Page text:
So I want to argue that Jo Calderone is not a hetero man but a queer butch or else a drag king. Mostly my rubric for this is the same know-it-when-you-see-it approach that my high school English teacher claimed applied to both good writing and pornography, but also, I’ll turn to Judith Halberstam. Halberstam makes a distinction between “Butch Realness” and “Femme Pretenders” (classifications I might change to simply “butches” and “drag kings,” as I think drag needs some degree of camp in order to qualify, and also that it’s problematic to use some kind of “natural” butch- or femme-ness to make distinctions between “real” drag and “pretend” drag, but I’ll use Halberstam’s terms). Halberstam says that we can recognize “Femme Pretenders” by “heavy eyebrows…deliberately overdone” (check), and by poses that are “deliberately, loudly theatrical and even parodic” (check, check). Jo’s beer bottle throwing, snarl, shoulder action, and anachronistic greaser style mark him, I think, as queer. Along with the spelling of his name, the typically female Jo rather than the male Joe.

The queerness of Jo and Nature Gaga’s relationship is important in this video because it demonstrates that objectification is part of all love relationships, not only heterosexual/heterosexist ones – that feminism will not lead us to a world without human-objects, nor should we want it to, for reasons I’ll get to soon. Objectification between Nature Gaga and Jo comes, though, through consensual BDSM, which is not fully enacted here, but is clearly suggested, I think,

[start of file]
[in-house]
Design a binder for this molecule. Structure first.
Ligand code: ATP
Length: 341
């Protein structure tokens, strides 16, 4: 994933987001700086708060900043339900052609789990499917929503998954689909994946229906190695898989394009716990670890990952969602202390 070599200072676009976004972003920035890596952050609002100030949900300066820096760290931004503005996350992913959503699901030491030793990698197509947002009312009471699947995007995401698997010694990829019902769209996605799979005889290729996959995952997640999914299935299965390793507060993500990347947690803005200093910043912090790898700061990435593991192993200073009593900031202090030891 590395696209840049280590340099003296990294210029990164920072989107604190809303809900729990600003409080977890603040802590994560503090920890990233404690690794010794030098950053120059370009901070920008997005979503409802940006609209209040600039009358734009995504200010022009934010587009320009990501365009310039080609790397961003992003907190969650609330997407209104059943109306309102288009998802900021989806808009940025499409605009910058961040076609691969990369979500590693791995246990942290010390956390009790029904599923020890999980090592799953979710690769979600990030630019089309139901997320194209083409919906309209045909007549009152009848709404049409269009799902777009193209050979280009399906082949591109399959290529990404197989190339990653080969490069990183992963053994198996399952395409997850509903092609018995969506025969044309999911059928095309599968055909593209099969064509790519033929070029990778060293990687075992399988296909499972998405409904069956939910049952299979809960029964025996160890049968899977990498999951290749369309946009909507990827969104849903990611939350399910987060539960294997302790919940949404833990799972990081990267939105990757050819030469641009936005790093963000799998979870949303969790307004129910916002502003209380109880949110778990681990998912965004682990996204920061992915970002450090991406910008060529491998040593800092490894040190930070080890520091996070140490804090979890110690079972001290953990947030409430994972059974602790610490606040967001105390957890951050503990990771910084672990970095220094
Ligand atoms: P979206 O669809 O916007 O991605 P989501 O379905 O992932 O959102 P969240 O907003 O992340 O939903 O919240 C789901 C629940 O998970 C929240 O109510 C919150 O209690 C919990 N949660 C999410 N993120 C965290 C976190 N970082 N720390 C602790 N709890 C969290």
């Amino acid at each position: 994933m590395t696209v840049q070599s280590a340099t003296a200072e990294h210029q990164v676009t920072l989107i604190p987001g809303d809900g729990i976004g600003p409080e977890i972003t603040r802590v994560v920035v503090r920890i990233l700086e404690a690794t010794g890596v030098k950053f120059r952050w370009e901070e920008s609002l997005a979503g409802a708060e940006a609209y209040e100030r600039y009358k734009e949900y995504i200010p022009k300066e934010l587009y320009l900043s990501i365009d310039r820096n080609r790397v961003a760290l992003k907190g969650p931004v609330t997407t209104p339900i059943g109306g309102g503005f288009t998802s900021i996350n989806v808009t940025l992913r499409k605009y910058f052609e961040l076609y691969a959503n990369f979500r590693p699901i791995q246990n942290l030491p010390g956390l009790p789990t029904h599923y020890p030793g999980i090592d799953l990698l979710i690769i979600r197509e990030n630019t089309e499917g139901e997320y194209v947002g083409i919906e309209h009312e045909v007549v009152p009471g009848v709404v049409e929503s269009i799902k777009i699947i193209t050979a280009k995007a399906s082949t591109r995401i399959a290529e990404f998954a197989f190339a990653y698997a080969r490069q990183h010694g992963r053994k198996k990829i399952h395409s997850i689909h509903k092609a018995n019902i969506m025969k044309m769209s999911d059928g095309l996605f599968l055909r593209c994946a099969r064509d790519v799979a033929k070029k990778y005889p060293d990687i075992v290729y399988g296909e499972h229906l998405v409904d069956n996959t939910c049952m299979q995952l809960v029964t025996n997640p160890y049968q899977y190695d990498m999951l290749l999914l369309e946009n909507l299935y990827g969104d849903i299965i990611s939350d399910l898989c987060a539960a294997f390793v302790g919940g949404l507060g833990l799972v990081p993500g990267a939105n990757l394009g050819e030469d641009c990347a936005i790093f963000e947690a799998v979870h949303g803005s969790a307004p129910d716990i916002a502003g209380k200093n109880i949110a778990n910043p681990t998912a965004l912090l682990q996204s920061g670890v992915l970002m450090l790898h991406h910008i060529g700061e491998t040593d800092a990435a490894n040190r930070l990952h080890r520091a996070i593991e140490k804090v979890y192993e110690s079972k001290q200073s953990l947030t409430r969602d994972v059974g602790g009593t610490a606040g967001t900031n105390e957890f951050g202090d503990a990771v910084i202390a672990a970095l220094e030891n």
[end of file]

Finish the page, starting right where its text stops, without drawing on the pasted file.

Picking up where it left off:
We see Gaga’s consent in this relationship when she slaps Jo’s hand away playfully, showing her agreement to enter into a relationship of slapping/grabbing, as well as asserting her agency not to be slapped or grabbed. The violence in this relationship is ironic and playful, while also doing the necessary objectifying work.

Jo, too, is aware of his own object status. He poses and postures, greases his hair and rolls up his sleeves for Nature Gaga. (And for us. Mm.)

So here’s why, according to Donna Haraway, we shouldn’t want not to be objects: Haraway describes the cyborg condition as a shift from “white capitalist patriarchy” to “informatics of domination” within “a post-gender world” (3). Her A Cyborg Manifesto critiques the feminism of the 70s that would have goddess-women frolicking in a field, howling at the moon. The earthy nature goddesses in “Yoü and I” may be free, but ultimately they’re prancing in circles in boring nightgowns, incapable of real action in the object/cyborg-world. By opting out of objecthood, they’re opting out of personhood. They barely interact with each other, making them spiritless, Buberianly speaking. They do not sing.

Through objectification and playful domination, it seems, Jo Calderone has rescued Nature Gaga from her fate of field-prancing and brought her into the It-world, which is where she is able both to have a love relationship, and to make music. We see, near the almost-BDSM moment, Nature Gaga running fierce and determined toward the camera, away from the coven of goddesses. Also just after that moment, Gaga is playing the piano with more animation (spirit) than before, and her body movements take on a robotic (cyborgian) quality.


Let’s contrast the kind of objectification and domination between Jo and Nature Gaga with those practices between the video’s traditionally patriarchal couple: Virgin Bride Gaga and her Betrothed.